A former staffer at the Clarendon county, South Carolina voter registration and elections board is alleging all manner of improprieties against her ex-boss – including a seismic charge that the leader of the agency supplied urine to another employee so that she could pass a county-mandated drug test.
Former elections employee Princess Lang held a press conference in Manning, S.C. last week to detail several of the allegations she is leveling against Shirley Black-Oliver – the director of the agency.
“Over the last two years there have been a series of systematic issues that I have questioned my supervisor about – a series of things that I saw as unethical and morally wrong,” Lang said in a Facebook video.
Among those “things?” An allegation that Black-Oliver was “accepting cash for personal reasons from candidates or their supporters” in exchange for favorable treatment of these “preferred” candidates.
Obviously, that would be a no-no …
But audible gasps were heard from those attending Lang’s press conference when she accused Black-Oliver of “urinating for a family member who at the time could not pass a county-required drug test.”
Wait … what?
In a follow-up interview with this news outlet, Lang confirmed the charge – claiming the employee she was referring to is her half-sister, Shiquita Black (the niece of the county election director).
Lang was terminated from her position as deputy director of the agency on Thursday, September 3, 2020 after fourteen years with the agency. She claims Black-Oliver offered “no reason” for firing her.
But Lang said she knew “the real reason” she lost her job – the fact she became a whistleblower seeking to expose alleged improprieties within the office, which is responsible for administering elections in this rural county.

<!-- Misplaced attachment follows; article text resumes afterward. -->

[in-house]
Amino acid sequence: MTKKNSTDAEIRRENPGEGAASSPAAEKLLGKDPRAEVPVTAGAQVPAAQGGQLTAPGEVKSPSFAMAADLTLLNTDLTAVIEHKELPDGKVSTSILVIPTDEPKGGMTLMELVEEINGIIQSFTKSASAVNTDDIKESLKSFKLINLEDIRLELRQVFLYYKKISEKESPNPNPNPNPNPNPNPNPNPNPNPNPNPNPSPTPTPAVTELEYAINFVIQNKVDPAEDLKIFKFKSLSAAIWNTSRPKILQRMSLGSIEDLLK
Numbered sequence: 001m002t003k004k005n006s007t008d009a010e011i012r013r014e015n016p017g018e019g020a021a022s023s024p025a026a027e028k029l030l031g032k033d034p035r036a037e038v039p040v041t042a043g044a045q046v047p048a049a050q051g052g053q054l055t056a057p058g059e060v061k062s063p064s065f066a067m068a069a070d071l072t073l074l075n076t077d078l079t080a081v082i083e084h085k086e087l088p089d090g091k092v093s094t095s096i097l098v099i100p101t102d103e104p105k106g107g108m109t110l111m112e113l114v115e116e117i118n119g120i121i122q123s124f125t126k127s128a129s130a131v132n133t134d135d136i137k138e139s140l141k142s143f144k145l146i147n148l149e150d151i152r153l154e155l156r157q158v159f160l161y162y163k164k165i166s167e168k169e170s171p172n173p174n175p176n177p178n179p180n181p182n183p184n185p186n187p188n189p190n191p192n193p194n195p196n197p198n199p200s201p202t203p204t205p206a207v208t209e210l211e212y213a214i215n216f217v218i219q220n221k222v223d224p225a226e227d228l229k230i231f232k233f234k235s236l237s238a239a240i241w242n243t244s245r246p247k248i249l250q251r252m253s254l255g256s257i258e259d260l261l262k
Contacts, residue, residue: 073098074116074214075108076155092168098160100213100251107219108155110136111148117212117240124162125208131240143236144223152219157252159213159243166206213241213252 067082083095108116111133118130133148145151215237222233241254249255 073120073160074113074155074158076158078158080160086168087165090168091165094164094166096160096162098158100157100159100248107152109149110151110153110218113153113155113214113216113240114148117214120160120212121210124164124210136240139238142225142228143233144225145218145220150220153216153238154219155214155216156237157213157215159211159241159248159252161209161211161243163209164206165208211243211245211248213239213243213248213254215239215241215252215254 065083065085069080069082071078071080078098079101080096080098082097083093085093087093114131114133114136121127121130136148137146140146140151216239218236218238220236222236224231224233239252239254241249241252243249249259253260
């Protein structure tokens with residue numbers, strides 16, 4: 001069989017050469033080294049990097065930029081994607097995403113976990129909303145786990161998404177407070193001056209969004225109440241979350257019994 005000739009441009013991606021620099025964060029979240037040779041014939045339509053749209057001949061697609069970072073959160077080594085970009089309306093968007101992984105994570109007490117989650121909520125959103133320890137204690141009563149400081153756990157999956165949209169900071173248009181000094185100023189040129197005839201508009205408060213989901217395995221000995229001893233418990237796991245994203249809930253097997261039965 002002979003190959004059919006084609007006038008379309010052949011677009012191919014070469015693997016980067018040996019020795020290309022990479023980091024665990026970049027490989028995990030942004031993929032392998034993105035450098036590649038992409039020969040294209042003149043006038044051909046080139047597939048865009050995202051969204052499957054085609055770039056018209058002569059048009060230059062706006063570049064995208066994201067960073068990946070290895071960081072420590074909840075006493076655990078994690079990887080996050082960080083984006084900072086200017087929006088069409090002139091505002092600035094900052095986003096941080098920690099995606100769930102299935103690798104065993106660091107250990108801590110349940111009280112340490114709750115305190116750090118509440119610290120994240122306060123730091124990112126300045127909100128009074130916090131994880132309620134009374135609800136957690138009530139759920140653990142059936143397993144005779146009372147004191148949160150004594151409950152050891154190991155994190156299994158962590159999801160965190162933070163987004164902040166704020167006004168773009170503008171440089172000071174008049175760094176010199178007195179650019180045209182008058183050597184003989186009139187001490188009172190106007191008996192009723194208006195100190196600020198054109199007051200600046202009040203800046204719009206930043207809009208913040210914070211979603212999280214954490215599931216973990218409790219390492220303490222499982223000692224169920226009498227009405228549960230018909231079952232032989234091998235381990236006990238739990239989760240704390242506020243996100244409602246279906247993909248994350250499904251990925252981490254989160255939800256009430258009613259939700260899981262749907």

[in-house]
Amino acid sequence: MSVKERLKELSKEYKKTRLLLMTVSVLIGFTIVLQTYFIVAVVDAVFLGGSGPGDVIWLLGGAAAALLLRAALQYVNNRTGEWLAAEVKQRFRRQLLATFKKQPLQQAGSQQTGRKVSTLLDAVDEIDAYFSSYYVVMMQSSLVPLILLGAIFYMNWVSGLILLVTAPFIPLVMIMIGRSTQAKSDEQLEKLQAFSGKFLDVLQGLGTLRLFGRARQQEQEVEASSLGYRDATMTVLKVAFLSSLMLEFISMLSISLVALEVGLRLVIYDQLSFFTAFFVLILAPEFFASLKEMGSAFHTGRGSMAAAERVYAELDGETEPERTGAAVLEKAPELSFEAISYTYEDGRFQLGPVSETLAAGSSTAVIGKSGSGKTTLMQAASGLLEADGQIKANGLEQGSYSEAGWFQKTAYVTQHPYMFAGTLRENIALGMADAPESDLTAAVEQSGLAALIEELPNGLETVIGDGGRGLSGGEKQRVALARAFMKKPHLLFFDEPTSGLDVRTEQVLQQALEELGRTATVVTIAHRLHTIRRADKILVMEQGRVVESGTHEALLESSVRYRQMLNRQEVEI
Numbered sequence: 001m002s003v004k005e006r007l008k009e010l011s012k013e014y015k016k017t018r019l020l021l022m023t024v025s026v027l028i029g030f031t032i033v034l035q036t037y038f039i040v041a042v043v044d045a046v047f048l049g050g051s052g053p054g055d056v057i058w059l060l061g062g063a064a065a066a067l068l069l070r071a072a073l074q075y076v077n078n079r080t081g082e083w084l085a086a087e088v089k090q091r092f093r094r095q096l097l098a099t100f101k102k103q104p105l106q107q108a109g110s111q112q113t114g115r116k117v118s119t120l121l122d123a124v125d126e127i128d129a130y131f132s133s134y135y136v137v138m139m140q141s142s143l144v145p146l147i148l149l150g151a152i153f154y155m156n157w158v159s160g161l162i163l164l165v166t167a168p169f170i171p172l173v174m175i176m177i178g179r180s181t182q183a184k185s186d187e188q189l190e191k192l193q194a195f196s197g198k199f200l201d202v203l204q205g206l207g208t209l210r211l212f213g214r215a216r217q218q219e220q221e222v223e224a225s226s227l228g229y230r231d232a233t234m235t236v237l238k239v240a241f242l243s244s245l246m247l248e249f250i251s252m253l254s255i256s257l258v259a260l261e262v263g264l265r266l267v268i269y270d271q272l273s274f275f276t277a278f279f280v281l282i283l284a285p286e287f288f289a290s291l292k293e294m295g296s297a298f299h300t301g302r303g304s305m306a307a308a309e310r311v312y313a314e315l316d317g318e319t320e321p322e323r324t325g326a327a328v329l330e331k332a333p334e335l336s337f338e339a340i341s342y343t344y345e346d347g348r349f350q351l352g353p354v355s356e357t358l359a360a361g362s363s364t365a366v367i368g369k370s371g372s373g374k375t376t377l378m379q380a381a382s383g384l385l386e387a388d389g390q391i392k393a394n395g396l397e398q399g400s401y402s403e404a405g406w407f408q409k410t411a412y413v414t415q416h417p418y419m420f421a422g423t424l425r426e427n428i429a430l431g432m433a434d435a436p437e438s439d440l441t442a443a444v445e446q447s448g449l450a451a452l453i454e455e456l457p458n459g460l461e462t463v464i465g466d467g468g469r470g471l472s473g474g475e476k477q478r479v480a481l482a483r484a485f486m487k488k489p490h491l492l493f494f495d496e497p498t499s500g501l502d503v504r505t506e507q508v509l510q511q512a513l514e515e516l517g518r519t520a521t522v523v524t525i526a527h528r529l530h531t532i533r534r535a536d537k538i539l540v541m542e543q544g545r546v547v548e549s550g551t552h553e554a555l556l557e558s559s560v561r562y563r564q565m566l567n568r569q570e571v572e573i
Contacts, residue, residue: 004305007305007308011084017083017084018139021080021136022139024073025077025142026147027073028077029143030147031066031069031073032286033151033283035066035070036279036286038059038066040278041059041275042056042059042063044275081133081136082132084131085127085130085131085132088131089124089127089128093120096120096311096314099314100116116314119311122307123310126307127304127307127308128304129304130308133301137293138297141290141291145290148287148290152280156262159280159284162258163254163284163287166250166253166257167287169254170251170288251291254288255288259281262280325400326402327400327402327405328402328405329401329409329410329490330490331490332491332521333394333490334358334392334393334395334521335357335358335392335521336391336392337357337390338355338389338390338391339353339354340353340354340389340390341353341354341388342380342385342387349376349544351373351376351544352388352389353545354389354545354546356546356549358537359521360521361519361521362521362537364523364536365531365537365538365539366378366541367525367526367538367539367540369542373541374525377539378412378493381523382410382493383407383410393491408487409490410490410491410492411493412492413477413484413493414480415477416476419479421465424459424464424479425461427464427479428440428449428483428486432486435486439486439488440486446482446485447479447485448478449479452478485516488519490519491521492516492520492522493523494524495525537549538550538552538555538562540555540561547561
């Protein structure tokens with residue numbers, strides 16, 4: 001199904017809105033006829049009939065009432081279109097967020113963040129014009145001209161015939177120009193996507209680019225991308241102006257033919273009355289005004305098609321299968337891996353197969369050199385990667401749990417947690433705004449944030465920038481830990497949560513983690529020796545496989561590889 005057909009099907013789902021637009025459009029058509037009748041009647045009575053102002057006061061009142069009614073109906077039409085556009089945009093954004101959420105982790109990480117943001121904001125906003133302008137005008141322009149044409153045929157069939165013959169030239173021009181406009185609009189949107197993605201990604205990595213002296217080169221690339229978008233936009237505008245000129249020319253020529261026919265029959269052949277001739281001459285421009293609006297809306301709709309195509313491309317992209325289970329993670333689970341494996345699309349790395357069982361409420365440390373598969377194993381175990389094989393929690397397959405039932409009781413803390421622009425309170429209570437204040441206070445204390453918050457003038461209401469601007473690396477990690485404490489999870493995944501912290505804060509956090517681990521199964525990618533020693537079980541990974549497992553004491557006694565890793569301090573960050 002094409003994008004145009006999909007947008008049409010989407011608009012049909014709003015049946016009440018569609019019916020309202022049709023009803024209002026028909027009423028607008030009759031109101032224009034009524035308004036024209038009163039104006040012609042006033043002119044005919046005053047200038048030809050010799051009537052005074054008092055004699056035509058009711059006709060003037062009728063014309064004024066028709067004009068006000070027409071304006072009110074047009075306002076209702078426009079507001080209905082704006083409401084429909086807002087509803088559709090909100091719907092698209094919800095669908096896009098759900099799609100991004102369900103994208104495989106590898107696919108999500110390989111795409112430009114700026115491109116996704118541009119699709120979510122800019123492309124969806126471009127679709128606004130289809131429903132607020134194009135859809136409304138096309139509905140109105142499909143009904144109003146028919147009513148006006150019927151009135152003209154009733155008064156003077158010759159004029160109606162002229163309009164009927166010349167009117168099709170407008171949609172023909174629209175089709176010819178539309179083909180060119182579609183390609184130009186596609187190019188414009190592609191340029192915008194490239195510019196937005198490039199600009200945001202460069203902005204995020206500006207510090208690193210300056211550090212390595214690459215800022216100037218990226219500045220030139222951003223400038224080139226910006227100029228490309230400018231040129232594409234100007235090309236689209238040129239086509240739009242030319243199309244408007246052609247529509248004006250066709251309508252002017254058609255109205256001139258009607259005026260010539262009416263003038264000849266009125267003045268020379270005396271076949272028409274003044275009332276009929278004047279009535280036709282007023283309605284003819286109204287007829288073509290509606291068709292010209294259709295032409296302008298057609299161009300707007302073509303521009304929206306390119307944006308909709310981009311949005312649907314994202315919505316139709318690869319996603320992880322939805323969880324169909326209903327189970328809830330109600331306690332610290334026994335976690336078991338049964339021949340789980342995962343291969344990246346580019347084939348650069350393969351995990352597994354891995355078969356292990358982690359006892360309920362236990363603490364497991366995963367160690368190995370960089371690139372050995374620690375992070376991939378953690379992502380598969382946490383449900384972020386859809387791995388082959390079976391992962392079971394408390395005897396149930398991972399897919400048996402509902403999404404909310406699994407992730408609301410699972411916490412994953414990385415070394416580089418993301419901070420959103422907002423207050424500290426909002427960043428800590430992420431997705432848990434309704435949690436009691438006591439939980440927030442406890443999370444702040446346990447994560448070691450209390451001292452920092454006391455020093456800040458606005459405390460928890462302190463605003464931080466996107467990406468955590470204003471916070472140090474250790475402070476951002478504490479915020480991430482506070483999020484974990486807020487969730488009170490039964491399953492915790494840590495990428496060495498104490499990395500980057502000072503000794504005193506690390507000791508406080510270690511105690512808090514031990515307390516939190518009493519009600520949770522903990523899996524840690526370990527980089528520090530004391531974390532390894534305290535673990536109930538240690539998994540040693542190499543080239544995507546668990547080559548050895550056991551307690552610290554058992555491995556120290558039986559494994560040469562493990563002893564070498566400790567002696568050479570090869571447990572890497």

According to Lang, Black-Oliver would routinely accept cash handouts of anywhere between $80 and $100 from “candidates or their representatives” for meals. These “candidates of choice” would then receive preferential treatment from the office, Lang alleged.
In another instance, Black-Oliver is alleged to have routed business to a family member without putting the project out to a competitive bid. One such contract allegedly awarded to a family member totaled $3,700, Lang claimed.
Sources familiar with some of the evidence Lang has presented hinted that there could be additional, more serious allegations yet to come involving fundamental electoral integrity issues within the county.
This news outlet reached out to the local election board for comment but did not immediately receive a reply. If that changes, we will be sure to let our readers know. And as always, our news outlet has an open microphone policy for those looking to respond more extensively to issues raised by our coverage (or looking to proactively raise issues of their own).
State election officials were also not immediately available to comment on the allegations. One source with the S.C. Election Commission (SCVotes.gov) indicated the agency was aware of Lang’s claims from the Facebook video but they disputed her assertion that she provided them with a letter detailing the charges.
Clarendon county is located in the impoverished Interstate 95 corridor of South Carolina between the Midlands region of the state and its coastal areas. It is home to an estimated 33,000 people – roughly one out of four of whom are living below the poverty line.
The county is predominantly Democratic, although U.S. president Donald Trump did better than expected there in 2016 – drawing 47.98 percent of the vote compared to Democratic nominee Hillary Clinton’s 50.22 percent.
Needless to say, we will be keeping close tabs on this situation as it develops …
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